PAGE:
January 20th 1985. On the day Ronald Reagan re-took the oath of office for his second term as US President, a young Italian called Paolo Maldini joined the family business. At this stage Paolo was known as ‘Cesare’s son’. Some teammates sneered that Paolo was ‘recommendato’ (connected) when he arrived as a boy at AC Milan in 1978, the club where his father Cesare Maldini played for 12 seasons. Maldini senior captained Milan when they became the first Italian side to ever lift the European Cup in 1963 and Cesare managed them in the early 70s too.
Big boots to fill, and boots were an early problem for Paolo. Italy had been hit by a record freeze in 1985 with temperatures plummeting to an Arctic -20 in Florence and -13 in Udine up in the North East of the country where Paolo was on the bench for Milan’s away match against Udinese. He didn’t have the right boots for a snowy pitch. Luckily, a fellow sub that day sorted him out with a pair – grazie Ray Wilkins (even if they were two sizes too small). Another Englishman came to the rescue that day too. Striker Mark Hateley salvaged a point for Milan with an equaliser after 63 minutes. It was Hateley’s sixth of the season nudging him one ahead of the shy and unassuming Diego Maradona who was midway through his first season in Italy. Hateley rescued a point at home to Fiorentina the following week too, but didn’t score again in the league again that season.
The game would be Paolo’s only first team appearance of the 1984-85 season, and one of his only appearances ever at right-back. Though right-back was his natural position, the formidable Mauro Tassotti had made that slot his own – but a vacancy arose on the other side and Paolo gabbed the No.3 shirt, wearing it for 24 seasons. The No.3 is now retired at Milan, the only event in which it could be worn again is if one of Paolo’s sons progresses into the Milan first team and chooses it. His eldest, Christian (born the day Italy lost 2-1 to Czech Republic at Euro ‘96) got as far as Milan U-19s but left permanently in 2016 and is currently plying his trade as a left-sided centre-back for Pro Sesto in Serie C. More interestingly, Paolo’s second son Daniel (who went viral aged five when footage of him executing a slide tackle attempt on Clarence Seedorf hit the internet) made his Rossoneri First Team debut in February 2020 scoring in a friendly against Monza. But, playing as a winger or AMC, he’s unlikely to ever pull on the No.3.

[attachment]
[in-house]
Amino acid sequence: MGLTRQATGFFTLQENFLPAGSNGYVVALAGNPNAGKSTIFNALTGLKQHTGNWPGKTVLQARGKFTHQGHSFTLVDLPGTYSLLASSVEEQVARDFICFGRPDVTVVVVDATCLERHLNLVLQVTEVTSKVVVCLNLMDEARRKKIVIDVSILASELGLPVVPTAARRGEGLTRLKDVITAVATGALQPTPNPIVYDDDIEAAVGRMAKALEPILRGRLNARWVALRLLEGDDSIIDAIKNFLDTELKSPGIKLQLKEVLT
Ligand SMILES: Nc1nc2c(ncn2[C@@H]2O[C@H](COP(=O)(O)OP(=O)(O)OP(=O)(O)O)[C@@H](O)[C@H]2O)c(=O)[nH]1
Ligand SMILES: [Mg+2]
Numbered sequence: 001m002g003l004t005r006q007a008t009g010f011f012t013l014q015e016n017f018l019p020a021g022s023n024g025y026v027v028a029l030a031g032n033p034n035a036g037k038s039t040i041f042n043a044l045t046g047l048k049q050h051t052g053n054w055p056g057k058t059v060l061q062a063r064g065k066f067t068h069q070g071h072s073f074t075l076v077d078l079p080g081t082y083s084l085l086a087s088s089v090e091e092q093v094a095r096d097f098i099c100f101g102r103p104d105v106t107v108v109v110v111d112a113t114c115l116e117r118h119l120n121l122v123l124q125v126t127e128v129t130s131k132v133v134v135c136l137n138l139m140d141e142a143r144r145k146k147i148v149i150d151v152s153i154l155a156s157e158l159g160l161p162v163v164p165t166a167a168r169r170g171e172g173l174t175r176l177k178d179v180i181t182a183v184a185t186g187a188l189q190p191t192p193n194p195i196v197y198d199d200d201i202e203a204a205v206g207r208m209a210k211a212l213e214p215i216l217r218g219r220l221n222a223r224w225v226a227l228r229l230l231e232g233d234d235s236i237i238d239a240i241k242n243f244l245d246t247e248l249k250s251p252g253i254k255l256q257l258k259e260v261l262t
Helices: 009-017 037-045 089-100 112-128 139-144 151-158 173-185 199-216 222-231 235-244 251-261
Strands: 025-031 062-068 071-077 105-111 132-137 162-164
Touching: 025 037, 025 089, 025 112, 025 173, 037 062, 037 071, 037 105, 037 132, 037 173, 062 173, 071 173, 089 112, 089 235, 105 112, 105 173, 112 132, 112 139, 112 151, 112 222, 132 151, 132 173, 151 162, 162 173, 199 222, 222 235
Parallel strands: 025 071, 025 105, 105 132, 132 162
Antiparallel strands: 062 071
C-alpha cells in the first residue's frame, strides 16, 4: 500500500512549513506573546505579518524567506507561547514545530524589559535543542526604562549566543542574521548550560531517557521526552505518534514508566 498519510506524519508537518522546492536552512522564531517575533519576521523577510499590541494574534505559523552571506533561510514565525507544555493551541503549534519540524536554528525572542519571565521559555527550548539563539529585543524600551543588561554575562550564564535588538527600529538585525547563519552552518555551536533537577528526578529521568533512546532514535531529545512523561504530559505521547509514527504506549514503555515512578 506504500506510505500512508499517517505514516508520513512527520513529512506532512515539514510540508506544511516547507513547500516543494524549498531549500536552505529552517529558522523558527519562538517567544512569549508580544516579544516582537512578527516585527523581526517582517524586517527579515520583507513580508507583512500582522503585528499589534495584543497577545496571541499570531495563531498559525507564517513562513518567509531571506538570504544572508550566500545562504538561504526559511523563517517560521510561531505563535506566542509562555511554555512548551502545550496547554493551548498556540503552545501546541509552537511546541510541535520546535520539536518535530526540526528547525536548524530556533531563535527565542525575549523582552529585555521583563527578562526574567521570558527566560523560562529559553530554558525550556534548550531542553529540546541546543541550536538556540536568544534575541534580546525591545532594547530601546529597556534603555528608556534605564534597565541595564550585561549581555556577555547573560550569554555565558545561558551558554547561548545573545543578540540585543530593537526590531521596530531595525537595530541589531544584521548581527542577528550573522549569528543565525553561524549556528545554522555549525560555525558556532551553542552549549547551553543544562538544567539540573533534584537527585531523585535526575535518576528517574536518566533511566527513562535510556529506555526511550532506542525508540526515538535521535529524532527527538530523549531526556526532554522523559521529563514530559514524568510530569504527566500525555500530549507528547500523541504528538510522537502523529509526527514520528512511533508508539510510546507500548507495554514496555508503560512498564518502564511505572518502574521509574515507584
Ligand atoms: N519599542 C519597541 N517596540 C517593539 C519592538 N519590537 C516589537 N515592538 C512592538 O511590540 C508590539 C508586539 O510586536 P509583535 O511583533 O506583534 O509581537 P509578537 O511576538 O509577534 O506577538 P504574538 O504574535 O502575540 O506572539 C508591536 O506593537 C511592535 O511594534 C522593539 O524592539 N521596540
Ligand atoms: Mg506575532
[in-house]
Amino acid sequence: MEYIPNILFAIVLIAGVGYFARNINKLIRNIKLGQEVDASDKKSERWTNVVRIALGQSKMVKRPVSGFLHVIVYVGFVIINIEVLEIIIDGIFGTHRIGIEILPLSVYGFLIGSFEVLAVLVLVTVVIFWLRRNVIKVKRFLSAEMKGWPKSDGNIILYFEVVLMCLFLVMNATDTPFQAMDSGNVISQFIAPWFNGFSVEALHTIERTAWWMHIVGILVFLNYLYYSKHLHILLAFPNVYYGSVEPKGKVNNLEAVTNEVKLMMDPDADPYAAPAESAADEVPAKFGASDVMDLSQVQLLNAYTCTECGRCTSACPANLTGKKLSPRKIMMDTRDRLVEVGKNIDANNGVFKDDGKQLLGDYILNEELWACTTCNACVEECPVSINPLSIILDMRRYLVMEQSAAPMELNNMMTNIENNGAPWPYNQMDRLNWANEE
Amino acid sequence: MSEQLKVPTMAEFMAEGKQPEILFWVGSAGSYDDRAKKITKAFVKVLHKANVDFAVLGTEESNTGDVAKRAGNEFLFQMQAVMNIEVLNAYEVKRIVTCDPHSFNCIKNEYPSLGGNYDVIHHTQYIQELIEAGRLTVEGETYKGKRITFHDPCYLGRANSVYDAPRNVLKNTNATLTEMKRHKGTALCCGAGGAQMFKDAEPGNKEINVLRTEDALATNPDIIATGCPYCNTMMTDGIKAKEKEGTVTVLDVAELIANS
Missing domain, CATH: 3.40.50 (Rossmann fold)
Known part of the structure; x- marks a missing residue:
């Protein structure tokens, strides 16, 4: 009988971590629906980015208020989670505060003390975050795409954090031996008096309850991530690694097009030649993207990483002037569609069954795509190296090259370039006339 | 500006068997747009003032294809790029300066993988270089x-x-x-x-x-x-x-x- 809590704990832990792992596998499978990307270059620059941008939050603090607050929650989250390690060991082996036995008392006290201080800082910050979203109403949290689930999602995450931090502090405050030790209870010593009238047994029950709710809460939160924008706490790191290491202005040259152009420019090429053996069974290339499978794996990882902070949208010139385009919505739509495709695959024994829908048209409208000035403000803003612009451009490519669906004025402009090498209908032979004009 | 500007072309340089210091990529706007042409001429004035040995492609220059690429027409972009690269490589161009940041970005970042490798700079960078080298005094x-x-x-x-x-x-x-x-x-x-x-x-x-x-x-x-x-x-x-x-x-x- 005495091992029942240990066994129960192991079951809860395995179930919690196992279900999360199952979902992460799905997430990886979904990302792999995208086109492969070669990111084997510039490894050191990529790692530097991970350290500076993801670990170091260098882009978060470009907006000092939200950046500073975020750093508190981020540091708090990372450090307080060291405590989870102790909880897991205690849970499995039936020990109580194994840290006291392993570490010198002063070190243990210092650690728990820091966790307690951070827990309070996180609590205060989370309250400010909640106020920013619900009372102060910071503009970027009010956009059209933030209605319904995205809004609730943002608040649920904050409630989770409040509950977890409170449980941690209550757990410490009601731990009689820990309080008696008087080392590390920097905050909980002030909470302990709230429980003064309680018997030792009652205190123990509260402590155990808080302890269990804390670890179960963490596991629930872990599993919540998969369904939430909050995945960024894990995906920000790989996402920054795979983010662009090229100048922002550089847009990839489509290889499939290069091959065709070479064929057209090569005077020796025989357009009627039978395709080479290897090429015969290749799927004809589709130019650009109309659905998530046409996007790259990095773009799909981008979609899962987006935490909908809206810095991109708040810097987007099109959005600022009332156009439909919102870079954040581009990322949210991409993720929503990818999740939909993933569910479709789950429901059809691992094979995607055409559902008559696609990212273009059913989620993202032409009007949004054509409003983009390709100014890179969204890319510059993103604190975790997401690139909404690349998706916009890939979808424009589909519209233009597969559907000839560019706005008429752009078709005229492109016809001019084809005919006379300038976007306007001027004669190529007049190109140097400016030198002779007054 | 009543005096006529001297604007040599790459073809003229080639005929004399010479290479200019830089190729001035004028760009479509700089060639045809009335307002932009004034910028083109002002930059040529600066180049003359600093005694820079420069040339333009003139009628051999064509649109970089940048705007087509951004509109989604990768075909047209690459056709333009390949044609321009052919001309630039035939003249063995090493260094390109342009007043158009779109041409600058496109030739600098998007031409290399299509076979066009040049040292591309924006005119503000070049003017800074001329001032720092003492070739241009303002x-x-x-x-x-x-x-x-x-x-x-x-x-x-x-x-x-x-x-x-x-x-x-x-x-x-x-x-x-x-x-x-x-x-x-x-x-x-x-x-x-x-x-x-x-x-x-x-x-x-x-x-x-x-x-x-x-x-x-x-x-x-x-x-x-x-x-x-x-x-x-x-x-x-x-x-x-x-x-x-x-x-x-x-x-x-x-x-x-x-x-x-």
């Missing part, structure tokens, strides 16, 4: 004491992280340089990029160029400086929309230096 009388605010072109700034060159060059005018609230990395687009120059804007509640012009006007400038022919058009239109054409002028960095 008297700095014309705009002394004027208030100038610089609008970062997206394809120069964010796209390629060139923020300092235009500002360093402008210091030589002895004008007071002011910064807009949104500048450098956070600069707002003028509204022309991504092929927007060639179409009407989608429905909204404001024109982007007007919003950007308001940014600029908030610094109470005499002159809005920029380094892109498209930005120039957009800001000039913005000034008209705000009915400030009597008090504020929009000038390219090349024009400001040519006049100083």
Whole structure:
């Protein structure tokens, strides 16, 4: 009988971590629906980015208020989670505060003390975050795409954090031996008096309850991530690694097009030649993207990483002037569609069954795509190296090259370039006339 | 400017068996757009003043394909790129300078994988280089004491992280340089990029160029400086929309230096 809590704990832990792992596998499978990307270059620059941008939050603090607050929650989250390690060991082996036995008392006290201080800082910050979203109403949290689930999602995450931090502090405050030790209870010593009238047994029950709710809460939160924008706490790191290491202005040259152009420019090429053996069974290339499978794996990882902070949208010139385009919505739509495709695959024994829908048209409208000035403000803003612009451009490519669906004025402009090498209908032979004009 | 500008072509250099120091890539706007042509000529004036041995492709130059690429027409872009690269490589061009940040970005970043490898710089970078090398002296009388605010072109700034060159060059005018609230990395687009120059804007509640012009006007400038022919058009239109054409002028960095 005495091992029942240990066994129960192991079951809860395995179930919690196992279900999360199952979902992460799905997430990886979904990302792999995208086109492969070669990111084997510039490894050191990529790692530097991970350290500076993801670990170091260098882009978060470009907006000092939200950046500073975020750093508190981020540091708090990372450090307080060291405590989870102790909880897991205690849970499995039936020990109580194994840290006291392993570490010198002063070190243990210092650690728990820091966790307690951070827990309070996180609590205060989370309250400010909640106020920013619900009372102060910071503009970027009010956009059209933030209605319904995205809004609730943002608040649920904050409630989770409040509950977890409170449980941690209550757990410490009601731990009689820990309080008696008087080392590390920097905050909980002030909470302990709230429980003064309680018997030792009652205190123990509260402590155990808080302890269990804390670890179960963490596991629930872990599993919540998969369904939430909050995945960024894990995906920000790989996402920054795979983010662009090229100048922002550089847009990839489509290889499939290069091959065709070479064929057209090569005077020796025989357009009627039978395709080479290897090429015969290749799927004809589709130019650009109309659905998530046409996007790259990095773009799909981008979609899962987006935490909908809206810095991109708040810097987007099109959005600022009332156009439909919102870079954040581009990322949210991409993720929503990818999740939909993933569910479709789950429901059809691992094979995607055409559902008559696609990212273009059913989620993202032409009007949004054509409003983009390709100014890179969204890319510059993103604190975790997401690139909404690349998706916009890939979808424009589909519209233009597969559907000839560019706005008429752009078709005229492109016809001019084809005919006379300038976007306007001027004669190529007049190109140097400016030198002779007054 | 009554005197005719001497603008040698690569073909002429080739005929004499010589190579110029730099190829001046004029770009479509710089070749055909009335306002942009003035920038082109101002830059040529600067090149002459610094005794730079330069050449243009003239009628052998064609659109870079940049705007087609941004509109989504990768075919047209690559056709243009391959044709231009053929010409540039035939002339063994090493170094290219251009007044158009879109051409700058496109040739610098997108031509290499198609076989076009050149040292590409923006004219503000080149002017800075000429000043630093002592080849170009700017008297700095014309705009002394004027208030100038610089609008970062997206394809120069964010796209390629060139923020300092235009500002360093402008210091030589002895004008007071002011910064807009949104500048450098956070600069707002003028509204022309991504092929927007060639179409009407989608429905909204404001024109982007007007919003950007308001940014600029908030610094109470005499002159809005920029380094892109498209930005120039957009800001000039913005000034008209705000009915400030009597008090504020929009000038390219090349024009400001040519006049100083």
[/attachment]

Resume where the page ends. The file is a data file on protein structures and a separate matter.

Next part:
“It’s about time,” laughed Paolo speaking to James Horncastle at The Athletic in 2020 about his youngest son. “Our family has spent a lifetime chasing after other players. Now we have someone who they’re going to have to chase. I can assure you that it’s harder running after the ball than to be chased with it.”
The number three would man-mark Paolo throughout his career. He scored three goals in his entire Champions League career, conceded three painful ones against Liverpool in the famous 2005 final and in the same match became the oldest player to score in European Cup history, aged 36 years and 333 days. His greatest season began in 1993: Milan won Serie A, the Champions League (a trophy he would lift across three different decades) and Paolo finished 93-94 by playing in a World Cup Final with Italy. All the negative stereotypes of Italian defenders – niggling, pinching, play acting – didn’t apply to Paolo, he retired with only three red cards to his name.
Paolo’s playing style and career could have sprung from the pages of a Marvel comic. I was tempted to dedicate this entire article to his incredible hair. Physically he was the perfect storm of a defender: 6ft 2in with rapid pace and an unmatched footballing IQ that allowed him to see play multiple moves ahead. He introduced football to a new level of defending, and did so with glamour and style, if not necessarily technique. “If I have to make a tackle then I have already made a mistake”, he famously stated, presumably before sprinting off into the night to fight crime and rescue kittens from burning buildings. He was combative, elegant and ahead of his time in terms of fitness and lifestyle, playing beyond his 40th birthday. Continue reading
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